United States Regiments & Batteries > Maryland


The 1st Maryland Light Artillery, Battery A lost 6 enlisted men killed or mortally wounded and 28 enlisted men to disease during the Civil War. It is honored by a monument at Antietam and a monument at Gettysburg.

1861
August and
September
Organized as a legion of nine companies of infantry, two companies of cavalry, and two batteries of light artillery by Colonel William Purnell, Postmaster of Baltimore, at Pikesville Arsenal, under special authority of the Secretary of War. Attached to Dix’s Division, Baltimore, Maryland.
September Duty at Baltimore, Md., and on eastern shore of Maryland
1862
February Colonel Purnell resigned and the Legion was broken up into a regiment of infantry, two independent companies of cavalry and Battery A and Battery B, Maryland Light Artillery.
May Joined Army of the Potomac on the Virginia Peninsula; attached to 4th Brigade, Artillery Reserve, 5th Army Corps, Army of the Potomac
June to August Peninsula Campaign
June 25 – July 1 Seven days before Richmond
June 26 Battles of Mechanicsville
June 29 Savage Station
June 30 White Oak Swamp
July 1 Malvern Hill
July 2 – August 15 Harrison’s Landing
August 15-22 Movement to Fortress Monroe and Alexandria
September Attached to Artillery, 1st Division, 6th Army Corps
September 6-22 Maryland Campaign
September 14 Battles of Crampton’s Pass, South Mountain, Md.
September 16-17
Battle of Antietam

From the monument at the intersection of Smoketown Road and Mumma Lane at Antietam:

The battery under the command of Capt. John W. Wolcott occupied a line 100 feet in rear of this marker and facing Dunkard Church. Loss 1 killed, 11 wounded.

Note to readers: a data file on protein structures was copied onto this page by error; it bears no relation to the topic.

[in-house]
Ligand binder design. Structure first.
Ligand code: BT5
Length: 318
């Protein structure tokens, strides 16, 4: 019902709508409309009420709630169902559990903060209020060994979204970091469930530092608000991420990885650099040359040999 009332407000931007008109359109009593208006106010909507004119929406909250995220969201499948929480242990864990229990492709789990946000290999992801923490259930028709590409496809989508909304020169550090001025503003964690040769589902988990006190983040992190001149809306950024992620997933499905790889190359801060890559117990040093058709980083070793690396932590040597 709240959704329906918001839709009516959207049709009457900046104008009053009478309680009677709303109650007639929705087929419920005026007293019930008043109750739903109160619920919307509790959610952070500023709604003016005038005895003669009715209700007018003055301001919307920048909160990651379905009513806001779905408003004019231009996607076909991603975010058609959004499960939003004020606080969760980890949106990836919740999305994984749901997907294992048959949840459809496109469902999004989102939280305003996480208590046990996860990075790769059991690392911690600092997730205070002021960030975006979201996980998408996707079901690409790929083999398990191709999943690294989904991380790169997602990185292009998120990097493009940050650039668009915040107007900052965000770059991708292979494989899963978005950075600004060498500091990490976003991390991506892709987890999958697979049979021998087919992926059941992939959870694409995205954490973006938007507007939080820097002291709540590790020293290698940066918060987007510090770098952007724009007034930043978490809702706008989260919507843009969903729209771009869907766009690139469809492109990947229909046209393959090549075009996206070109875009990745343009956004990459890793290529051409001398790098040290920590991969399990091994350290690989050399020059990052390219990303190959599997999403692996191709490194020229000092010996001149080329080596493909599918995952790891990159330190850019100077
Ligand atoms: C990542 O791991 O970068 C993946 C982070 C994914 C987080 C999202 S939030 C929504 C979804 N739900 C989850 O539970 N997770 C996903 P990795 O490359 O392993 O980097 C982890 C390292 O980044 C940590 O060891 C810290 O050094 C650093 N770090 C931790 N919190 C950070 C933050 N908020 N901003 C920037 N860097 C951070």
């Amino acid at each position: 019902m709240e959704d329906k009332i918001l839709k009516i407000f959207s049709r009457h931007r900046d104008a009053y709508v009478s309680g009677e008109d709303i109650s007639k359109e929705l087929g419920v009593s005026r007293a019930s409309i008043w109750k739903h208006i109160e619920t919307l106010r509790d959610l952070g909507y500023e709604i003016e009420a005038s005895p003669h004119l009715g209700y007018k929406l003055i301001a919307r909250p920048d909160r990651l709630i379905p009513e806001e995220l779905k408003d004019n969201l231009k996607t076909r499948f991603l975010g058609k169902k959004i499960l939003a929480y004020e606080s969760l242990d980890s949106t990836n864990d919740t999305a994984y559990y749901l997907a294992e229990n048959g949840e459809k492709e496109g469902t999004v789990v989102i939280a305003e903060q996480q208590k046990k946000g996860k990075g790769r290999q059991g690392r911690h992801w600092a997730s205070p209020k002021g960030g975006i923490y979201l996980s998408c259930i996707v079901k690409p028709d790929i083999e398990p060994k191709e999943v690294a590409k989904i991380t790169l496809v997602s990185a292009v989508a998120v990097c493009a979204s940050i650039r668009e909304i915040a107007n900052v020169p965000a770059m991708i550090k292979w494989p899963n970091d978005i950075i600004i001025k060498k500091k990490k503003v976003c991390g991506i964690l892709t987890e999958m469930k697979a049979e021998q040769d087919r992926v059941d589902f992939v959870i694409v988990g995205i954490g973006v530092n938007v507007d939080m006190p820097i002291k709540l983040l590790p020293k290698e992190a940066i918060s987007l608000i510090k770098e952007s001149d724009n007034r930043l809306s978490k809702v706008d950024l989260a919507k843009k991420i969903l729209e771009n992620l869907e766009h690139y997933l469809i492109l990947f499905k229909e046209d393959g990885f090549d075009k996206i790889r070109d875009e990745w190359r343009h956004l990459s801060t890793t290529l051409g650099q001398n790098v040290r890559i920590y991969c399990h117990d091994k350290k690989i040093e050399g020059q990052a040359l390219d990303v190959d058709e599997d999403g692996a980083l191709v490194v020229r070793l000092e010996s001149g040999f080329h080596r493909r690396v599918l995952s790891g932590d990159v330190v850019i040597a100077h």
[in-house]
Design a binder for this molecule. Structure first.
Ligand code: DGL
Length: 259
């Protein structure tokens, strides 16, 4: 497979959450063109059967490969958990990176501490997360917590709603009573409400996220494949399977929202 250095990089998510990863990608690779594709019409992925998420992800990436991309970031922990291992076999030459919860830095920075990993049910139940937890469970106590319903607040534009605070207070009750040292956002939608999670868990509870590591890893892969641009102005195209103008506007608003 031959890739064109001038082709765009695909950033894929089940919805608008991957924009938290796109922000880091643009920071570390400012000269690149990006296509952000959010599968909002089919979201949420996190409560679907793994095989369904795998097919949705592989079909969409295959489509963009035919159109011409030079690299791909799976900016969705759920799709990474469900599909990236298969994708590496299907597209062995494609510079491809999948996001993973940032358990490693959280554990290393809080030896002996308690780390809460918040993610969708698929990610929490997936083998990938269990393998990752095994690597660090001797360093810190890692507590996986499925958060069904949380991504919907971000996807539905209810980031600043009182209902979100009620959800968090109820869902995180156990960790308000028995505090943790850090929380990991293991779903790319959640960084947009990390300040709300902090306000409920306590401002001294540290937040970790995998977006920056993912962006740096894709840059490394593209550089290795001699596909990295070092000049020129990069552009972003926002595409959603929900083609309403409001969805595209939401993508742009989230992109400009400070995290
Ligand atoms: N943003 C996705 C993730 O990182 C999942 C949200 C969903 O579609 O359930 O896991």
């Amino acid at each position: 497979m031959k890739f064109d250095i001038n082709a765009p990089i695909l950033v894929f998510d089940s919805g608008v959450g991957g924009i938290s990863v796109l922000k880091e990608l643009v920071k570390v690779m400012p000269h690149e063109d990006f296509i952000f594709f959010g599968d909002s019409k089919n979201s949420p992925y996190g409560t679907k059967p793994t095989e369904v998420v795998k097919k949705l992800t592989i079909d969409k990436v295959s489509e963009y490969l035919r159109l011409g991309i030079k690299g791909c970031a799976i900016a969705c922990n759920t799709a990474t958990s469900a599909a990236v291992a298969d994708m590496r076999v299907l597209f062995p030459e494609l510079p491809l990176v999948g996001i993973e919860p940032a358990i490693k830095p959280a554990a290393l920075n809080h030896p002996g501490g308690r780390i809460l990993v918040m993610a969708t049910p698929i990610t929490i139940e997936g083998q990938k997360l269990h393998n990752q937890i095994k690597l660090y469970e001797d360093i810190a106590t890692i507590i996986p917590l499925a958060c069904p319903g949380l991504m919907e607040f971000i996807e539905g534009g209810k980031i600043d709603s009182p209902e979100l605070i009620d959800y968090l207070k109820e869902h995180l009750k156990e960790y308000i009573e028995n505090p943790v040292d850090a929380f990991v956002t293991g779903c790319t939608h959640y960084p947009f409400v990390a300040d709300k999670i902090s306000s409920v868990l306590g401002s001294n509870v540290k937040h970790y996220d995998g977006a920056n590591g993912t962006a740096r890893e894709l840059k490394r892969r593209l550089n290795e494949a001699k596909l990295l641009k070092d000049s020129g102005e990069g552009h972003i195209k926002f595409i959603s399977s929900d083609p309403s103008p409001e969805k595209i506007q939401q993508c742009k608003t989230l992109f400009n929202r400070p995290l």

September 18 – October 29 At Downsville, Md.
October 29 –
November 19
Movement to Falmouth, Va.
December 12-15
Battle of Fredericksburg
1863
January 20-24 “Mud March”
January 25 At White Oak Church
May Attached to 4th Volunteer Brigade, Artillery Reserve, Army of the Potomac
April 27 – May 6 Chancellorsville Campaign
April 29 – May 2 Operations at Franklin’s Crossing
May 3 Battle of Maryes Heights, Fredericksburg
May 3-4
Salem Heights
May 4 Banks’ Ford
June 11 – July 24 Gettysburg Campaign
July, 1863 Attached to 3rd Volunteer Brigade, Artillery Reserve, Army of the Potomac
July 1-3
Battle of Gettysburg

The battery was commanded at the Battle of Gettysburg by Captain James H. Rigby. It brought four officers and 102 enlisted men to the field and was armed with six Ordnance Rifles. It was posted on Powell Hill, where it supported the 12th Corps fighting around Culp’s Hill. It suffered no casualties.

July – October Duty on line of the Rappahannock and Rapidan
October Attached to Artillery Brigade, 1st Army Corps, Army of the Potomac
October 9-22 Bristoe Campaign
November 7-8 Advance to line of the Rappahannock
November 26 – December 2 Mine Run Campaign
1864
February 6-7 Demonstration on the Rapidan, Morton’s Ford
March, 1864 Attached to Camp Barry, Defenses of Washington, 22nd Army Corps
May Attached to 1st Brigade, DeRussy’s Division, 22nd Army Corps
July 3 Dismounted and ordered to Harper’s Ferry, W. Va.; Reserve Division, Harper’s Ferry, W. Va.
1865
January Attached to 3rd Brigade, 3rd Division, West Virginia
March 11 Consolidated with Battery B, Maryland Light Artillery